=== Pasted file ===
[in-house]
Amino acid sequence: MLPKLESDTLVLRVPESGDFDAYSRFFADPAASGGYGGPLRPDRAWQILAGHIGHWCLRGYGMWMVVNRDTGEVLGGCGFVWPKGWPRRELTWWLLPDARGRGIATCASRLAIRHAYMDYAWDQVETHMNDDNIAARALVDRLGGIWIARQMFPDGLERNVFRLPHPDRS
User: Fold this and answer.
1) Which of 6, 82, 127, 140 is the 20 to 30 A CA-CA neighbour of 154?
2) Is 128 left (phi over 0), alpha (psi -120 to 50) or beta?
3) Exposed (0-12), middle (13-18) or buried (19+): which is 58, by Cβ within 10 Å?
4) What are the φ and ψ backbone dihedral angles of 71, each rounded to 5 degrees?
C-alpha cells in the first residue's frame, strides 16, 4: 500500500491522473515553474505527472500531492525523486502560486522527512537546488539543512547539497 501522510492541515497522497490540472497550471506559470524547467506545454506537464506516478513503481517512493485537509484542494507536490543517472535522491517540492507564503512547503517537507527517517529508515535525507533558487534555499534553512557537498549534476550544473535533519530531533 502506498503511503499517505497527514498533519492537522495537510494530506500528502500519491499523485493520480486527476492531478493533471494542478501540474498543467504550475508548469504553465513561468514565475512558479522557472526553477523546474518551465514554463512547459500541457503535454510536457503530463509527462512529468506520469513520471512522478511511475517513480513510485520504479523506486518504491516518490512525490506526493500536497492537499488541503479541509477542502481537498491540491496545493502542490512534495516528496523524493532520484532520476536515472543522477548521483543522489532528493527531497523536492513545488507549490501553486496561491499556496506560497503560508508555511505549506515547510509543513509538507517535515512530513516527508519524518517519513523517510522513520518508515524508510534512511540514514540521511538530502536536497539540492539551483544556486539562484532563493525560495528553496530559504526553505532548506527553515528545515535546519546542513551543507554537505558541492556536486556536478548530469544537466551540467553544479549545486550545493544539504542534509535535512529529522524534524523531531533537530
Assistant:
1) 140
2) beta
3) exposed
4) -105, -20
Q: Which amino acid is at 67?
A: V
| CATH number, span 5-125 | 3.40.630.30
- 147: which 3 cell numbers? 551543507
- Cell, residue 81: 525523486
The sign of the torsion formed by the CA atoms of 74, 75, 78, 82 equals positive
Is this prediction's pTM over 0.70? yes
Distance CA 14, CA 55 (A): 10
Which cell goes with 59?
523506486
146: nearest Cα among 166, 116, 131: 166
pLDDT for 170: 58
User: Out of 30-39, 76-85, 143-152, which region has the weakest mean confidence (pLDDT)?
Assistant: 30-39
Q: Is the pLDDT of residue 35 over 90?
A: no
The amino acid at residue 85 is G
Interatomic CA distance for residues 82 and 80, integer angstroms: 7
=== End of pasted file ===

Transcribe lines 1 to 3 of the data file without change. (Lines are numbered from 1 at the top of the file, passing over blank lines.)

[in-house]
Amino acid sequence: MLPKLESDTLVLRVPESGDFDAYSRFFADPAASGGYGGPLRPDRAWQILAGHIGHWCLRGYGMWMVVNRDTGEVLGGCGFVWPKGWPRRELTWWLLPDARGRGIATCASRLAIRHAYMDYAWDQVETHMNDDNIAARALVDRLGGIWIARQMFPDGLERNVFRLPHPDRS
User: Fold this and answer.